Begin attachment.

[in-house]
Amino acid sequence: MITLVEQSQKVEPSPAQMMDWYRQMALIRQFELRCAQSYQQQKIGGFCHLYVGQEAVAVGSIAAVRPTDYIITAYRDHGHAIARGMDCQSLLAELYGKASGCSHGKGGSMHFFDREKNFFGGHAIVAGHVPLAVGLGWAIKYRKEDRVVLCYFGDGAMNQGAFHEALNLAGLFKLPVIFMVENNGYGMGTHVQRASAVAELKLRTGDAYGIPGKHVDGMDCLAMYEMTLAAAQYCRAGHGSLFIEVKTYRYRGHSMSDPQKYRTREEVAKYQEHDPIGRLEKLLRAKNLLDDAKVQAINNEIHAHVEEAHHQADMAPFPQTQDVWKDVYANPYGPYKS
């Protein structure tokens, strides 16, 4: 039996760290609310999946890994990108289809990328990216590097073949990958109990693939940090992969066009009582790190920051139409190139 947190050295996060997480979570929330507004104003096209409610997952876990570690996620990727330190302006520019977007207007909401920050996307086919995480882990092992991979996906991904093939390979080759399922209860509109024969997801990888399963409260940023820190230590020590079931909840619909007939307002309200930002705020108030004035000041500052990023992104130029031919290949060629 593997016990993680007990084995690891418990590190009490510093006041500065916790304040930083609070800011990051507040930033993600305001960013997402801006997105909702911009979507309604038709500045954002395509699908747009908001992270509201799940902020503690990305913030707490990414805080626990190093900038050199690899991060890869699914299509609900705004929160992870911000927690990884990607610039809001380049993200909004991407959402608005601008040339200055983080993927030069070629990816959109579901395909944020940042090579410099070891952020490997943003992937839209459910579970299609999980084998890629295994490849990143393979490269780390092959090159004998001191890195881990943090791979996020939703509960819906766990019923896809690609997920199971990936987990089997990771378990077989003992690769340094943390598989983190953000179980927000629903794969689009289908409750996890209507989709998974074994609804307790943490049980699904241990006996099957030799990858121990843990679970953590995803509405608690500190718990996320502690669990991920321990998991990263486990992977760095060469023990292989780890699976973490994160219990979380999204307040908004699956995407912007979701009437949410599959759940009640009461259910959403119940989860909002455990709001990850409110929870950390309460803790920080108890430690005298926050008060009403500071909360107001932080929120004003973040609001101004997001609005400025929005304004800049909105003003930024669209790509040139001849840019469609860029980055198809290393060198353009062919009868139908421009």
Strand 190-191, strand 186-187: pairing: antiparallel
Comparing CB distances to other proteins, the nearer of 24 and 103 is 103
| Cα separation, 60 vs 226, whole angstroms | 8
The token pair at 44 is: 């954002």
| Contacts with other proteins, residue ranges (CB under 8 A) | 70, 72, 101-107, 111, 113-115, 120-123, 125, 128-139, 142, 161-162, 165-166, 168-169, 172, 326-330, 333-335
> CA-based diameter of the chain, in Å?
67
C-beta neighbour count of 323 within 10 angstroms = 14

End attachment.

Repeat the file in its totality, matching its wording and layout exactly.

[in-house]
Amino acid sequence: MITLVEQSQKVEPSPAQMMDWYRQMALIRQFELRCAQSYQQQKIGGFCHLYVGQEAVAVGSIAAVRPTDYIITAYRDHGHAIARGMDCQSLLAELYGKASGCSHGKGGSMHFFDREKNFFGGHAIVAGHVPLAVGLGWAIKYRKEDRVVLCYFGDGAMNQGAFHEALNLAGLFKLPVIFMVENNGYGMGTHVQRASAVAELKLRTGDAYGIPGKHVDGMDCLAMYEMTLAAAQYCRAGHGSLFIEVKTYRYRGHSMSDPQKYRTREEVAKYQEHDPIGRLEKLLRAKNLLDDAKVQAINNEIHAHVEEAHHQADMAPFPQTQDVWKDVYANPYGPYKS
């Protein structure tokens, strides 16, 4: 039996760290609310999946890994990108289809990328990216590097073949990958109990693939940090992969066009009582790190920051139409190139 947190050295996060997480979570929330507004104003096209409610997952876990570690996620990727330190302006520019977007207007909401920050996307086919995480882990092992991979996906991904093939390979080759399922209860509109024969997801990888399963409260940023820190230590020590079931909840619909007939307002309200930002705020108030004035000041500052990023992104130029031919290949060629 593997016990993680007990084995690891418990590190009490510093006041500065916790304040930083609070800011990051507040930033993600305001960013997402801006997105909702911009979507309604038709500045954002395509699908747009908001992270509201799940902020503690990305913030707490990414805080626990190093900038050199690899991060890869699914299509609900705004929160992870911000927690990884990607610039809001380049993200909004991407959402608005601008040339200055983080993927030069070629990816959109579901395909944020940042090579410099070891952020490997943003992937839209459910579970299609999980084998890629295994490849990143393979490269780390092959090159004998001191890195881990943090791979996020939703509960819906766990019923896809690609997920199971990936987990089997990771378990077989003992690769340094943390598989983190953000179980927000629903794969689009289908409750996890209507989709998974074994609804307790943490049980699904241990006996099957030799990858121990843990679970953590995803509405608690500190718990996320502690669990991920321990998991990263486990992977760095060469023990292989780890699976973490994160219990979380999204307040908004699956995407912007979701009437949410599959759940009640009461259910959403119940989860909002455990709001990850409110929870950390309460803790920080108890430690005298926050008060009403500071909360107001932080929120004003973040609001101004997001609005400025929005304004800049909105003003930024669209790509040139001849840019469609860029980055198809290393060198353009062919009868139908421009």
Strand 190-191, strand 186-187: pairing: antiparallel
Comparing CB distances to other proteins, the nearer of 24 and 103 is 103
| Cα separation, 60 vs 226, whole angstroms | 8
The token pair at 44 is: 């954002």
| Contacts with other proteins, residue ranges (CB under 8 A) | 70, 72, 101-107, 111, 113-115, 120-123, 125, 128-139, 142, 161-162, 165-166, 168-169, 172, 326-330, 333-335
> CA-based diameter of the chain, in Å?
67
C-beta neighbour count of 323 within 10 angstroms = 14